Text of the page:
In a recent study (1), the authors seem to have made the following interesting observation:
“In 11 studies, we found that participants typically did not enjoy spending 6 to 15 minutes in a room by themselves with nothing to do but think, that they enjoyed doing mundane external activities much more, and that many preferred to administer electric shocks to themselves instead of being left alone with their thoughts. Most people seem to prefer to be doing something rather than nothing, even if that something is negative.”
Most of the study subjects appear to be men. Does this indicate a systematic atrophy of the human mind? Is this the end of thoughts? Is this the beginning of regression to nothingness?
Humans have been busy most of their evolutionary history – they had to sense and avert danger in every corner, hunt for food incessantly and later fight other clans constantly for superiority and survival. Humans have been both tacticians and a strategists, adept at maximizing within the constraints presented. They even ventured into abstract realms – philosophy, art and mathematics – that provided little direct utility to the problems at hand. Some even had visions of space travel and rocketed to nearby pebbles as a precursor. The human mind has been active – perhaps till very recently.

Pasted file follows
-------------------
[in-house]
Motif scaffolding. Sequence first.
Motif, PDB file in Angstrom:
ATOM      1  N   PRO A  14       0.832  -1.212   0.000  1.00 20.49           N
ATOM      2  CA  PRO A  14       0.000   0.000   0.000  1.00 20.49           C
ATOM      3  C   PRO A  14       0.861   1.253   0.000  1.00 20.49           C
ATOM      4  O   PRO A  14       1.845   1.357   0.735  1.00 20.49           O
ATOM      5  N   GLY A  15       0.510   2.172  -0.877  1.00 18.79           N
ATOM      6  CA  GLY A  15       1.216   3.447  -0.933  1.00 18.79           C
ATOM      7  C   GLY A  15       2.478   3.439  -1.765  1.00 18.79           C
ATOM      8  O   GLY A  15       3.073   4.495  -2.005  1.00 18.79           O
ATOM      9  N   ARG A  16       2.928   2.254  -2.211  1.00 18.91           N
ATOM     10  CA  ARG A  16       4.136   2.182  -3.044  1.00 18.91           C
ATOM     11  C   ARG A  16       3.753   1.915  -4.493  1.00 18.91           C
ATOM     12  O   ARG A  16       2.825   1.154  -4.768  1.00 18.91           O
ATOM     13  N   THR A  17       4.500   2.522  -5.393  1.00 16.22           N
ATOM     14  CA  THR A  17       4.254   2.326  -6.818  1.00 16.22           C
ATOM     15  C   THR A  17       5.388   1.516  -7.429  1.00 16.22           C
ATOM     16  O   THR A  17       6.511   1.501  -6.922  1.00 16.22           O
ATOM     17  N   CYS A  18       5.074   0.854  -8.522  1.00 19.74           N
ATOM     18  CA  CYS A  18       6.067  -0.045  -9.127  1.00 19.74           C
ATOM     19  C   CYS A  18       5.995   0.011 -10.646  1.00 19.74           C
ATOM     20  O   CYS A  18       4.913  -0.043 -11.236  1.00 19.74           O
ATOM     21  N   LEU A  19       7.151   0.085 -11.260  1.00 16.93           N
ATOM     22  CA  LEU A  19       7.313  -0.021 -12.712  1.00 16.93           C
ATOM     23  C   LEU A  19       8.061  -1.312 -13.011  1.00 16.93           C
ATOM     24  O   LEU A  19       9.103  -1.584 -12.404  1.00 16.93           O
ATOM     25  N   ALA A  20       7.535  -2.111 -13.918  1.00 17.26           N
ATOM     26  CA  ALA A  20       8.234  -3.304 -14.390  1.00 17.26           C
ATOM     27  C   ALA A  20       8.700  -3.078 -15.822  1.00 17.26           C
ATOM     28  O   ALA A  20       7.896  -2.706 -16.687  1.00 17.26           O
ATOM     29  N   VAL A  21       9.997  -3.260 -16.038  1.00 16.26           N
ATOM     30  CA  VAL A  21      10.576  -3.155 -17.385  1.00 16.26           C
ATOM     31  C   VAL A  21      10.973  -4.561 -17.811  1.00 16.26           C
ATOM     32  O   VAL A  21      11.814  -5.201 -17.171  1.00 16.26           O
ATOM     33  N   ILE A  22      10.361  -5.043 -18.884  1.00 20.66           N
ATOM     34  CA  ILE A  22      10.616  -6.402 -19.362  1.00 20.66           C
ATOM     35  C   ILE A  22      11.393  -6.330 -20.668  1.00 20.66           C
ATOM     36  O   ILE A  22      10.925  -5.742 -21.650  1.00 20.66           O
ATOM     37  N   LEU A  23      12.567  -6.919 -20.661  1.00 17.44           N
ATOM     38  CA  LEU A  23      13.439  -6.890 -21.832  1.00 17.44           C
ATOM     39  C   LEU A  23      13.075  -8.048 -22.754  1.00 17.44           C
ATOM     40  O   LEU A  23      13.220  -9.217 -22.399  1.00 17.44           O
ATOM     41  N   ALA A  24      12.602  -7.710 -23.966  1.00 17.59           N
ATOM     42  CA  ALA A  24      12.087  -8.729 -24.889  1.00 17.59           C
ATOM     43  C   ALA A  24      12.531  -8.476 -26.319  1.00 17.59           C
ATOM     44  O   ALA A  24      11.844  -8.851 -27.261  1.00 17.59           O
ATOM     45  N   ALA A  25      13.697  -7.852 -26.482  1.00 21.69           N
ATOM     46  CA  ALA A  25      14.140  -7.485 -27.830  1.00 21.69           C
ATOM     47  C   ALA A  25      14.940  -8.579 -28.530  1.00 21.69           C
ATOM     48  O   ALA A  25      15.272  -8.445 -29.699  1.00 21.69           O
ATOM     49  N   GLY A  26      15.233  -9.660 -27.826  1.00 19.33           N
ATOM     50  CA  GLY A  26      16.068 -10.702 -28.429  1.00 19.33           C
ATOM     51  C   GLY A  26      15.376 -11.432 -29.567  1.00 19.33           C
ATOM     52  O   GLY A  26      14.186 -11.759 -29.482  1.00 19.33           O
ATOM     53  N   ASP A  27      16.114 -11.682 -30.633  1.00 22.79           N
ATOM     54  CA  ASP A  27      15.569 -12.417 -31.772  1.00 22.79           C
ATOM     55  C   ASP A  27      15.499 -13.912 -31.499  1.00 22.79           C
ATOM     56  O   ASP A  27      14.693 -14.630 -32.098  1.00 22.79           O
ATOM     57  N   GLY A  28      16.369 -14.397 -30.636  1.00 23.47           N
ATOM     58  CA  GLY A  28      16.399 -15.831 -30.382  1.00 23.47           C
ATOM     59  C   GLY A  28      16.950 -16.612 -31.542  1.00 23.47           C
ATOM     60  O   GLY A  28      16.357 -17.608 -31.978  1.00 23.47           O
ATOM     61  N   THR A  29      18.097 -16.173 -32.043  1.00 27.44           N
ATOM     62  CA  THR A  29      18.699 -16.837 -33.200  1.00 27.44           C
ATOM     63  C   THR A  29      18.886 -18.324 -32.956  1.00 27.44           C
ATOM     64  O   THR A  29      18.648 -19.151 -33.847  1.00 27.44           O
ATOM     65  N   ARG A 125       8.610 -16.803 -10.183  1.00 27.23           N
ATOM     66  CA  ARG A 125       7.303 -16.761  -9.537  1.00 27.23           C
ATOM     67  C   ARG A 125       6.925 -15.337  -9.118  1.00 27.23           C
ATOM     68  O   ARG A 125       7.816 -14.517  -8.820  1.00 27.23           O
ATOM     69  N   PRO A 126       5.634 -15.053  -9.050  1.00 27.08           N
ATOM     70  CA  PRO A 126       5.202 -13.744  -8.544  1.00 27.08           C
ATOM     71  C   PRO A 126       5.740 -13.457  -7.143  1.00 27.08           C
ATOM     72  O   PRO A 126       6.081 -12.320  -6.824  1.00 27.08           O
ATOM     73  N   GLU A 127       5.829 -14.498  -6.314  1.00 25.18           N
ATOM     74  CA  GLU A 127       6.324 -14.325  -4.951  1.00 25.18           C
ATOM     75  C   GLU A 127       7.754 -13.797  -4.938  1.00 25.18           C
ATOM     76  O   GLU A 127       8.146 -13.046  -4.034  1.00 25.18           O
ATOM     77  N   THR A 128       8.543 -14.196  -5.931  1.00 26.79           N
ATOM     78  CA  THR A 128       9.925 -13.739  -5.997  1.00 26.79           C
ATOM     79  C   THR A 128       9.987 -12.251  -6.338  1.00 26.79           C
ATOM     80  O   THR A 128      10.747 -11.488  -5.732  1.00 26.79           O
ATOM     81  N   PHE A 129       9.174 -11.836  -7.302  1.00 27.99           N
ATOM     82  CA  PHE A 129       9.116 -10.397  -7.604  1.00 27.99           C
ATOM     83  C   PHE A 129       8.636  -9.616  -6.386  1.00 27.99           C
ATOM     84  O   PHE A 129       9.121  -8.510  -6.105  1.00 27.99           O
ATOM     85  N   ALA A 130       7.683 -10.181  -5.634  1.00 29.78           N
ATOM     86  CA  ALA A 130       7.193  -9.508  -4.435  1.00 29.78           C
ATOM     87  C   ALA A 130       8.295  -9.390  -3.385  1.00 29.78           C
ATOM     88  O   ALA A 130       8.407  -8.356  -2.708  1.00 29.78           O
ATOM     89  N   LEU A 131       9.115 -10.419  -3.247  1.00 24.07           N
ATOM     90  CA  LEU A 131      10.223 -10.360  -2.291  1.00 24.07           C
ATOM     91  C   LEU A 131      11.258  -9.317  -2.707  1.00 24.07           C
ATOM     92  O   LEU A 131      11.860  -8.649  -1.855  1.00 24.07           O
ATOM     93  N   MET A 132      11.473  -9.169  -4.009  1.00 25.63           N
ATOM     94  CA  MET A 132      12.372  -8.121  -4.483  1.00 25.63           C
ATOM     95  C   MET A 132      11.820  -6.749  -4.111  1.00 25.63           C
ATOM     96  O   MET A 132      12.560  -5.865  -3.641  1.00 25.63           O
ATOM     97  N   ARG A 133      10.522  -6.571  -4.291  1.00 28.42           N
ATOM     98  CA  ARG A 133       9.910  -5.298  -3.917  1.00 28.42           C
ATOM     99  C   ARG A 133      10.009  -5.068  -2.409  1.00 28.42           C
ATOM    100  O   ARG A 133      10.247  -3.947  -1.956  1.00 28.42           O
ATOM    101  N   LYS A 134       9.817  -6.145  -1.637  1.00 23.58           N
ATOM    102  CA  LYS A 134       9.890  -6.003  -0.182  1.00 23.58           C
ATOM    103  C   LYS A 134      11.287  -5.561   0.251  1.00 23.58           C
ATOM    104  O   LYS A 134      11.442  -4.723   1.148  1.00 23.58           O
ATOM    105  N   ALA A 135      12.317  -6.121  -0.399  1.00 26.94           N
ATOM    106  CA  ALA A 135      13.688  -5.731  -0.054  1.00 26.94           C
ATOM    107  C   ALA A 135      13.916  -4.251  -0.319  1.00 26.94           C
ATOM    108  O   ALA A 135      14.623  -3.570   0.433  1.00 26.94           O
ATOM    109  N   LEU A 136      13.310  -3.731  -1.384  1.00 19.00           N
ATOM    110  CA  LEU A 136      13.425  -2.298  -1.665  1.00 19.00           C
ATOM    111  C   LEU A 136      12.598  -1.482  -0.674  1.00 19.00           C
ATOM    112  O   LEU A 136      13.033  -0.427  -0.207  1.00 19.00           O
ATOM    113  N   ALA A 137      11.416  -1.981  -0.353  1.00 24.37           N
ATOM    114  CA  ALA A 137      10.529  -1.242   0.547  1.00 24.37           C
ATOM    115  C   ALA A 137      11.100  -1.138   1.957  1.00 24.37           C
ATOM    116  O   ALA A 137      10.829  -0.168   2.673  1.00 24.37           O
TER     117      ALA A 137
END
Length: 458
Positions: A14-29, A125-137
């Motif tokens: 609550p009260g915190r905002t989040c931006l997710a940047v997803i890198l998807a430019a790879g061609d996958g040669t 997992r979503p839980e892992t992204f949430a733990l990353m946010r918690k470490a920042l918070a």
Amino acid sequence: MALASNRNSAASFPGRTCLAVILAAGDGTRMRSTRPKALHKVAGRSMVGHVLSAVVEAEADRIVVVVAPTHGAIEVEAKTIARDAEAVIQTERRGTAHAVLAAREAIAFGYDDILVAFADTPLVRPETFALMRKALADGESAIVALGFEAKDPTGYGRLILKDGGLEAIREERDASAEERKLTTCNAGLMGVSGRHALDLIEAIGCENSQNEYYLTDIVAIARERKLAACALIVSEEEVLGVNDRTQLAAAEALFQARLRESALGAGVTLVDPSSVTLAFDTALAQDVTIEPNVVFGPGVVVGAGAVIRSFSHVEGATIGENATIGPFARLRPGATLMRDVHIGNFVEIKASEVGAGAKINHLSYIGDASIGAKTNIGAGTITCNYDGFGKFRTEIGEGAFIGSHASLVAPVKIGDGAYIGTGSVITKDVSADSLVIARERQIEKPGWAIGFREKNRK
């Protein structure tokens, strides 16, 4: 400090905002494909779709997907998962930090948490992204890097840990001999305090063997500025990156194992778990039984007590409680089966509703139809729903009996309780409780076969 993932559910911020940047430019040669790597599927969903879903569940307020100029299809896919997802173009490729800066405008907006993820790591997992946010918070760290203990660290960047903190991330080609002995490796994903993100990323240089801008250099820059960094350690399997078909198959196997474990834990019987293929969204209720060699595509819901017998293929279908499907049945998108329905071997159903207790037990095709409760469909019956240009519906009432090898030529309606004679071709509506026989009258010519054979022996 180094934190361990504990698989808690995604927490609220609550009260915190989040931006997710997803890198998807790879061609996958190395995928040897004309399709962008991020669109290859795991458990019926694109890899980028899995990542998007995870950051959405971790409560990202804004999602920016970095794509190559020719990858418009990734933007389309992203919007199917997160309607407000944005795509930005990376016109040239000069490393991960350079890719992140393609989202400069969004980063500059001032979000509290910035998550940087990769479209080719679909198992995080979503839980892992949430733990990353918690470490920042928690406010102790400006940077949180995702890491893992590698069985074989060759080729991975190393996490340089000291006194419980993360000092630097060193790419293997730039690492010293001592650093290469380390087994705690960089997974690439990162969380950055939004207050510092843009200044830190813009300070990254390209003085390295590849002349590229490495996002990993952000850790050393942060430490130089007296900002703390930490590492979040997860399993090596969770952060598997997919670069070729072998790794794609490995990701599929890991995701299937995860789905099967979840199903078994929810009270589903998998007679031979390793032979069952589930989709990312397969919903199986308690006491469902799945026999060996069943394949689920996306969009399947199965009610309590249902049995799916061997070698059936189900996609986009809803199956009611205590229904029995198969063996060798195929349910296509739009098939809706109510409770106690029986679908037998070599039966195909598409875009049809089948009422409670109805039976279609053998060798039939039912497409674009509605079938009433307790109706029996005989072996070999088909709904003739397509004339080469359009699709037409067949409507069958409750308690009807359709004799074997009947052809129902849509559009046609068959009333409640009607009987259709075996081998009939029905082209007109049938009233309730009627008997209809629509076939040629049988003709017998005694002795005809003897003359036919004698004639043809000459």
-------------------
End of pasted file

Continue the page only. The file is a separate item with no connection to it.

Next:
Now, we find ourselves unable to think and preferring electric shocks to boredom. How did we get here? Where do we go from here? Is this a segregation of mind share? What role do society, education and industrial organizations play? Humans, the most unlikely species to dominate the World, may have overshot their own capabilities.
(1) Just think: The challenges of the disengaged mind
Timothy D. Wilson1,*,
David A. Reinhard1,
Erin C. Westgate1,
Daniel T. Gilbert2,
Casey L. Brown1,